Fig. 5.
Fig. 5.

Heat budget estimation for the corresponding cases in Table 1: area-mean Rex of shortwave radiation, latent heat flux, horizontal advection, and vertical advection onto anomalous SST tendency. The units are converted into °C month−1. Marks stand for different datasets with columns for the mean value. The abbreviation of each case is given on the x axis. The analysis covers the period 1984–2007 for the OAFlux, NOCS flux, NCEP–DOE Reanalysis 2, GFDL ECDA, GODAS, and SODA; 1988–2008 for GSSTF; 1982–2001 for ERA-40; and 2001–13 for CERES.

Citation: Journal of Climate 30, 11; 10.1175/JCLI-D-16-0500.1

Here, we set the criterion for a significant contribution term as the Rex exceeding 0.25. According to Fig. 5, there are a total of four SWR-dominant cases [April–May (AM) WNP, JJASON WNP, October–December (OND) MC, and December–March (DJFM) TIO], four LHF-dominant cases [DJF WNP, May–July (MJJ) MC, November–February (NDJF) NIO, and DJFM NAO], three SWR- and LHF-dominant cases [January–March (JFM) EEP, JFM MC, and July–October (JASO) NAO], six ADV-dominant cases (JFM WEP, April–July (AMJJ) NCP, JFM WIO, June–September (JJAS) WSIO, JASO ESIO, and July–December (JASOND) EAO], two ADW-dominant cases (SON NCP and MAM WSIO), one ADV- and ADW-dominant case (JJASON EEP), and three coworking cases (JJA ESIO, AM EP, and AM NIO). Given that the SST tendency increases by 1°C month−1 and by comparing all these cases, it can be found that the oceanic advection can attain the maximal influence on the SST tendency as large as 1.05°C month−1 in the JJASON EEP case, while the atmospheric processes are weaker with the maximal contribution of 0.45°C month−1 in the OND MC case. The residual term can be deduced by subtracting the four dominant terms from 1°C month−1. The heat budget is mainly balanced with low residual terms in the SWR-dominant and ADV-dominant cases, but the results do not satisfy our expectations in some LHF-dominant and ADW-dominant cases in which the residual terms can be as large as the leading term, such as the DJF WNP case, the NDJF NIO case, the SON NCP case, and the MAM WSIO case. The reasons for this imbalance may be partly owing to the following reasons. The LHF anomalies are determined by both surface wind speed and air–sea humidity difference, which may likely increase the uncertainties and lead to weak LHF in the heat budget (Bourras 2006; Berry and Kent 2009; Smith et al. 2011). In most cases, the ocean upwelling is a local process with high temporal variations. It is difficult to ensure the integrity of ADW signals based on monthly data with relatively low spatial resolutions.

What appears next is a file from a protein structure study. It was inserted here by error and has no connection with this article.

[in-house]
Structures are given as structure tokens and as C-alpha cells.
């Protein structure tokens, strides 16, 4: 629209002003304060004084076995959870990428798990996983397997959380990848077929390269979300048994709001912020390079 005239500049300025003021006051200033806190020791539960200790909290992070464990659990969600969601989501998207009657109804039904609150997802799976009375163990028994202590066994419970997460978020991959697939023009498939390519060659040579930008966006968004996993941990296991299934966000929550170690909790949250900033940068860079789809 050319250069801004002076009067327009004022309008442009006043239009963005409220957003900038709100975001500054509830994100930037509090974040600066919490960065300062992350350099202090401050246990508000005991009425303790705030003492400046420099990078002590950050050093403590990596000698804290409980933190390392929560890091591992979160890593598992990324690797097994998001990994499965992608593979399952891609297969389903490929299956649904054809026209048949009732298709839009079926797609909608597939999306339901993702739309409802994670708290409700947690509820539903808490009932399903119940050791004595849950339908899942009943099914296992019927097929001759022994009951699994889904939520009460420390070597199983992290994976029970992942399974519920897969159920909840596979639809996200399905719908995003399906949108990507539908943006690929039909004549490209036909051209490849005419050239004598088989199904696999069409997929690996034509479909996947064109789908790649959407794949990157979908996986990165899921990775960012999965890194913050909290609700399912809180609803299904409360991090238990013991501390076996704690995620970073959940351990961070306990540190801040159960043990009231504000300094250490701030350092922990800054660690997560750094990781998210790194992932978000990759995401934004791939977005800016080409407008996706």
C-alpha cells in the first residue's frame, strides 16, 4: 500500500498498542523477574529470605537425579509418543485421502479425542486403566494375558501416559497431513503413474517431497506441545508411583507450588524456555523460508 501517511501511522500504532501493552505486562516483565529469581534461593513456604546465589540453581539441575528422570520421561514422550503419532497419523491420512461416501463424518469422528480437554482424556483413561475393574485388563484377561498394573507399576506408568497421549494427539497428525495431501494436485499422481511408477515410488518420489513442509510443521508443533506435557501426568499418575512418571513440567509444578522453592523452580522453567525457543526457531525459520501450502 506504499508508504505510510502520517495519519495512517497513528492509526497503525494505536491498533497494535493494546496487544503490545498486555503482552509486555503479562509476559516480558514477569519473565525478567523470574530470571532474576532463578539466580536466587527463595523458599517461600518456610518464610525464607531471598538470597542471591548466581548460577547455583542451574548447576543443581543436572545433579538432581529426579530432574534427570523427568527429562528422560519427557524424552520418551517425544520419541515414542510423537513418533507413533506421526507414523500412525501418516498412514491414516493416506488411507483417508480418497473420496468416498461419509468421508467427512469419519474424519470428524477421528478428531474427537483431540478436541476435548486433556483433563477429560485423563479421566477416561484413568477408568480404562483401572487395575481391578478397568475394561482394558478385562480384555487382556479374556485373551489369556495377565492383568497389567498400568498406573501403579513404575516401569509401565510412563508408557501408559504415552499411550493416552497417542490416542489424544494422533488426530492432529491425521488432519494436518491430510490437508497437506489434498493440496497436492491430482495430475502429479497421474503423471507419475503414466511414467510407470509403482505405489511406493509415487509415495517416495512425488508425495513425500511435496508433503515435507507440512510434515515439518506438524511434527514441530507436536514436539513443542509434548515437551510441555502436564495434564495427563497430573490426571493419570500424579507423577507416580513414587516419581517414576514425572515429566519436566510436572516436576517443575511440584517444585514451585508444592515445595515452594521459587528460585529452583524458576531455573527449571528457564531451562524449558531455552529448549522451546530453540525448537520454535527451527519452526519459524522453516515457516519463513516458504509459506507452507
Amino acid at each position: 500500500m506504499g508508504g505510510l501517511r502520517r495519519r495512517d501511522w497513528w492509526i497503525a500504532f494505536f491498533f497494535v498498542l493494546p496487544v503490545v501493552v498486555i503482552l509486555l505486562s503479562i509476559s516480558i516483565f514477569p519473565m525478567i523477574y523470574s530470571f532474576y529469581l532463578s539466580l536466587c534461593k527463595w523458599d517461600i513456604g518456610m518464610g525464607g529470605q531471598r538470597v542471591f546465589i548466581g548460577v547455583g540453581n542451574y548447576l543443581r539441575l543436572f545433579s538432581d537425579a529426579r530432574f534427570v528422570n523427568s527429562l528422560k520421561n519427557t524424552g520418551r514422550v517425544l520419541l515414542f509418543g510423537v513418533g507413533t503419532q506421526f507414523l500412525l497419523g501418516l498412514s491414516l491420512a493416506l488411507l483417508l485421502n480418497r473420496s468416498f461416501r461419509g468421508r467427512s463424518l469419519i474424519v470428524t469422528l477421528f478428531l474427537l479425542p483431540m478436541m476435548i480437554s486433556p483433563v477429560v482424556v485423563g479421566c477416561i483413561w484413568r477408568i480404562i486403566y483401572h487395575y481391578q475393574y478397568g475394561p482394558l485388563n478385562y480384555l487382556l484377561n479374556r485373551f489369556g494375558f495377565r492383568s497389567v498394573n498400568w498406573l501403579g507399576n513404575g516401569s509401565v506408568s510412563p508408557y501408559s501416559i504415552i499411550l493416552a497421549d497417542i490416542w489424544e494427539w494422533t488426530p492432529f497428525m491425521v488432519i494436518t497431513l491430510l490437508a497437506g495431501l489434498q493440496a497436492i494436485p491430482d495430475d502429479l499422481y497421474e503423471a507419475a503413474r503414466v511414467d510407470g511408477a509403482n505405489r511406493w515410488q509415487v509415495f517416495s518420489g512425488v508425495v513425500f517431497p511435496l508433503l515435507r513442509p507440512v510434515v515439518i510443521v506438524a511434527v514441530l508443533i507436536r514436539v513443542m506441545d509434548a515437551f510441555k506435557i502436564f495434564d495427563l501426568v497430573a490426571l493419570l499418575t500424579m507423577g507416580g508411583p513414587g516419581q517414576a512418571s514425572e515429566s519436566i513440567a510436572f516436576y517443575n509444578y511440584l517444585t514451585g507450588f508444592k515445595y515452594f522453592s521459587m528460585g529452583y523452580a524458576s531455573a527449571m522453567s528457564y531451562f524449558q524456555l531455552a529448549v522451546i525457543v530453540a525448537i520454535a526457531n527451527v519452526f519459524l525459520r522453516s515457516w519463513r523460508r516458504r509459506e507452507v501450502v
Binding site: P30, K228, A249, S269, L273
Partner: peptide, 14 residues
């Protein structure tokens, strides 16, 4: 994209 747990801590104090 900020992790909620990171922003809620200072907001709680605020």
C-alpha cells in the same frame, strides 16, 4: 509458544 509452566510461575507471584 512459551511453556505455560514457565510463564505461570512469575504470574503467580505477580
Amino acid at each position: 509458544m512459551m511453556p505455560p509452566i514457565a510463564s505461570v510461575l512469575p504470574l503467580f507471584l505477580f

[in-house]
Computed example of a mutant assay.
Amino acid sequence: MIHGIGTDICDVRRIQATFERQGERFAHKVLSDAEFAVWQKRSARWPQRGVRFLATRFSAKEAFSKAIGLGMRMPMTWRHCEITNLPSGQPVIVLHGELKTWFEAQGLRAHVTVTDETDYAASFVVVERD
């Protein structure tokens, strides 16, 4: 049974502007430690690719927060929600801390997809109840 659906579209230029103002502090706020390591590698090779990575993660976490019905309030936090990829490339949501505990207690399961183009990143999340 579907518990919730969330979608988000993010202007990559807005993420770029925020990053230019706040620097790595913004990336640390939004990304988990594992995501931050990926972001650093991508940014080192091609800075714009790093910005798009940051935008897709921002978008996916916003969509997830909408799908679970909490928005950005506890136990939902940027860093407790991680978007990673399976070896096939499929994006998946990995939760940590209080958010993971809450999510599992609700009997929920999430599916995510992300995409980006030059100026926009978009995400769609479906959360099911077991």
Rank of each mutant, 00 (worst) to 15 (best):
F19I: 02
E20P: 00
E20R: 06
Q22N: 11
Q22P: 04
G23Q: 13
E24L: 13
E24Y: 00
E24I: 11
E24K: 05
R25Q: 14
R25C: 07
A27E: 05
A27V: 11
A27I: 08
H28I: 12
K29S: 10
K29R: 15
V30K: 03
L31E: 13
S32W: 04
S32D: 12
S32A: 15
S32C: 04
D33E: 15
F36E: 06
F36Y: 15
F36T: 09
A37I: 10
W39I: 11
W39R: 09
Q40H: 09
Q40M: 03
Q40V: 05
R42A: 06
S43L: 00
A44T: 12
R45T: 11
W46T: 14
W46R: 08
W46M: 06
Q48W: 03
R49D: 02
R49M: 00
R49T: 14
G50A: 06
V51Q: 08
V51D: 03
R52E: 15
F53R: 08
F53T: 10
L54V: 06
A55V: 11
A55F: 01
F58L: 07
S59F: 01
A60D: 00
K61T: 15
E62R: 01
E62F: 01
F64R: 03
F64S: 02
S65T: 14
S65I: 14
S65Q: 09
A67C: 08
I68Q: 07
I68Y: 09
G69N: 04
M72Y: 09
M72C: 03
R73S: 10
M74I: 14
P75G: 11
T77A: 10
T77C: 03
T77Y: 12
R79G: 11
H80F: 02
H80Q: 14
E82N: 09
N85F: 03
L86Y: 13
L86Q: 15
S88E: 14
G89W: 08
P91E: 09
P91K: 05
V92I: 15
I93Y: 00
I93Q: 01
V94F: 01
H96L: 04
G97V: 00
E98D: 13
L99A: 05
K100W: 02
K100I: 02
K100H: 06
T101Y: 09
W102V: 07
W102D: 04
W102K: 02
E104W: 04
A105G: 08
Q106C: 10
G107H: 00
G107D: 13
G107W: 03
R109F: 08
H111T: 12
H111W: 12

Comparing the estimations based on different datasets in Fig. 5, it is apparent that the difference among the datasets is large for estimation of the major terms, and there is a high level of consistency in computing the minor terms. For example, in the AM WNP case, the SWR contribution, with a mean value of 0.38°C month−1, ranges from 0.48°C month−1 in the OAFlux to 0.08°C month−1 in the NCEP–DOE, while the minor term—the ADW—differs no more than 0.02°C month−1. Meanwhile, the products show larger discrepancy in estimating the ADW than the other three heat budget terms, which may be related to the small spatial scale of the vertical mixing process. For the SWR, the ERA-40 has larger estimations while the NOCS flux presents lower values compared with other products. The LHF term is noticeably larger in GSSTF than in other datasets. The ocean products display no significant coherence in retrieving the ADV and ADW, which implies a high level of uncertainty in the estimates. Overall, it is hard to conclude which product is most applicable for estimating the contributions to the SST tendency. It depends on the variable, the region, and the season. For example, in the JFM WEP case, the ADV in GFDL is much larger than that in other datasets, while in the JASOND EAO case, the GODAS product deviates markedly from other datasets (Fig. 5). Nevertheless, according to comparison of all the 23 selected cases, it could at least be suggested that the OAFlux displays the smallest difference with other flux data.

In the following discussion, we select five typical cases to explore how the dynamic and thermodynamic processes contribute to regional SST tendency. The investigation first focuses on the surface-heat-flux-dominant cases, followed by discussion of the oceanic-advection-dominant cases, and finally the coworking cases.

b. Surface-heat-flux-dominant cases

Figure 6 presents the AM WNP case by showing simultaneous regressions with respect to anomalous AM WNP (0°–15°N, 110°–160°E) SST tendency for the period 1984–2009. Previous studies indicated that the upper-ocean thermal condition in this region is crucial to the South China Sea summer monsoon variability (Wu 2010). The regional SST experiences a sharp increase (decrease) before (after) the summer monsoon onset, and this rapid SST change may have year-to-year variations. Here, the AM WNP case elucidates how the atmospheric changes contribute to the WNP SST variations during the summer monsoon onset period. Given positive WNP SST tendency (Fig. 6a), there is anomalous lower-level divergence over the WNP (Fig. 6e), which restrains local convection and precipitation (Fig. 6c). This is conducive to SST warming via enabling more incoming SWR to reach the ocean surface (Fig. 6b) under less cloud cover (Fig. 6d). In this case, the SWR regression is highly coherent with the SST tendency regression. It demonstrates that the cloud–radiation effect is a leading process in governing the AM WNP SST tendency with the SWR contribution up to 0.8°C month−1 (Fig. 6b). The LHF contribution is secondary with a mean magnitude of 0.2°C month−1 (Fig. 6e), and the contribution of ocean advection is almost negligible except for some limited regions along the coastal Philippine and New Guinea Islands (Fig. 6f).

Fig. 6.
Fig. 6.